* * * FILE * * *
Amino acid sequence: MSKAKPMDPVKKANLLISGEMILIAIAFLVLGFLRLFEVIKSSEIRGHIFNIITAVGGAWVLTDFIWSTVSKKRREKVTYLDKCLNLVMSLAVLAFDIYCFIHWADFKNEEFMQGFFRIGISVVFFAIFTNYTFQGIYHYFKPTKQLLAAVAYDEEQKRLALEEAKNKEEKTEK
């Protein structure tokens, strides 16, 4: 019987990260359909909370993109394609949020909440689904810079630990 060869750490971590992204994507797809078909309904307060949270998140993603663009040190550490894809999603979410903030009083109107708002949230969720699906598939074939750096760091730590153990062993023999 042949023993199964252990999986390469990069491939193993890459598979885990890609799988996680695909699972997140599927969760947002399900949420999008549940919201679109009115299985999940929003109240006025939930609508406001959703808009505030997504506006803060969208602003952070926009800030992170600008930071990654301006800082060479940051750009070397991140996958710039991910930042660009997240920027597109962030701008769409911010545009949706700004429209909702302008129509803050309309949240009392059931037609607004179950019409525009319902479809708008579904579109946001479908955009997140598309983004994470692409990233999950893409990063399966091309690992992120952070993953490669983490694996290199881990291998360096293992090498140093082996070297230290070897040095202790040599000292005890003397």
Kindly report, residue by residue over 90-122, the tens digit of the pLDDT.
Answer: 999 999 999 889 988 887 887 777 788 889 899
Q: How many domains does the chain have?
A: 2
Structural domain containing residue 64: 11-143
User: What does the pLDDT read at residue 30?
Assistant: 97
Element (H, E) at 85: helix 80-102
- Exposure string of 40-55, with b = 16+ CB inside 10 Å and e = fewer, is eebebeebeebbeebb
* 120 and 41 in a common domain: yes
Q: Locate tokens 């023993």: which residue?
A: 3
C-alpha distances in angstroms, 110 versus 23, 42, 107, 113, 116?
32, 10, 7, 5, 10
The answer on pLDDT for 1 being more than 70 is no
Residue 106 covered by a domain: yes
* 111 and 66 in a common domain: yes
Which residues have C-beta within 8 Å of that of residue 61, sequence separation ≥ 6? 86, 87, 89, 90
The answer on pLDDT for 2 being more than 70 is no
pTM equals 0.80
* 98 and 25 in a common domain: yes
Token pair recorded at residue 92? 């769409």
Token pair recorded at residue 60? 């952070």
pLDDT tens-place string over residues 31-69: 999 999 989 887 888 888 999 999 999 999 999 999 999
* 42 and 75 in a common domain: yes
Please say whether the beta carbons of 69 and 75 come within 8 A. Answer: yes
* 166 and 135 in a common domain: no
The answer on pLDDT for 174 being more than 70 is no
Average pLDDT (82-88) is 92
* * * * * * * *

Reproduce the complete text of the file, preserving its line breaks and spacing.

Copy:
Amino acid sequence: MSKAKPMDPVKKANLLISGEMILIAIAFLVLGFLRLFEVIKSSEIRGHIFNIITAVGGAWVLTDFIWSTVSKKRREKVTYLDKCLNLVMSLAVLAFDIYCFIHWADFKNEEFMQGFFRIGISVVFFAIFTNYTFQGIYHYFKPTKQLLAAVAYDEEQKRLALEEAKNKEEKTEK
């Protein structure tokens, strides 16, 4: 019987990260359909909370993109394609949020909440689904810079630990 060869750490971590992204994507797809078909309904307060949270998140993603663009040190550490894809999603979410903030009083109107708002949230969720699906598939074939750096760091730590153990062993023999 042949023993199964252990999986390469990069491939193993890459598979885990890609799988996680695909699972997140599927969760947002399900949420999008549940919201679109009115299985999940929003109240006025939930609508406001959703808009505030997504506006803060969208602003952070926009800030992170600008930071990654301006800082060479940051750009070397991140996958710039991910930042660009997240920027597109962030701008769409911010545009949706700004429209909702302008129509803050309309949240009392059931037609607004179950019409525009319902479809708008579904579109946001479908955009997140598309983004994470692409990233999950893409990063399966091309690992992120952070993953490669983490694996290199881990291998360096293992090498140093082996070297230290070897040095202790040599000292005890003397």
Kindly report, residue by residue over 90-122, the tens digit of the pLDDT.
Answer: 999 999 999 889 988 887 887 777 788 889 899
Q: How many domains does the chain have?
A: 2
Structural domain containing residue 64: 11-143
User: What does the pLDDT read at residue 30?
Assistant: 97
Element (H, E) at 85: helix 80-102
- Exposure string of 40-55, with b = 16+ CB inside 10 Å and e = fewer, is eebebeebeebbeebb
* 120 and 41 in a common domain: yes
Q: Locate tokens 């023993």: which residue?
A: 3
C-alpha distances in angstroms, 110 versus 23, 42, 107, 113, 116?
32, 10, 7, 5, 10
The answer on pLDDT for 1 being more than 70 is no
Residue 106 covered by a domain: yes
* 111 and 66 in a common domain: yes
Which residues have C-beta within 8 Å of that of residue 61, sequence separation ≥ 6? 86, 87, 89, 90
The answer on pLDDT for 2 being more than 70 is no
pTM equals 0.80
* 98 and 25 in a common domain: yes
Token pair recorded at residue 92? 């769409």
Token pair recorded at residue 60? 């952070």
pLDDT tens-place string over residues 31-69: 999 999 989 887 888 888 999 999 999 999 999 999 999
* 42 and 75 in a common domain: yes
Please say whether the beta carbons of 69 and 75 come within 8 A. Answer: yes
* 166 and 135 in a common domain: no
The answer on pLDDT for 174 being more than 70 is no
Average pLDDT (82-88) is 92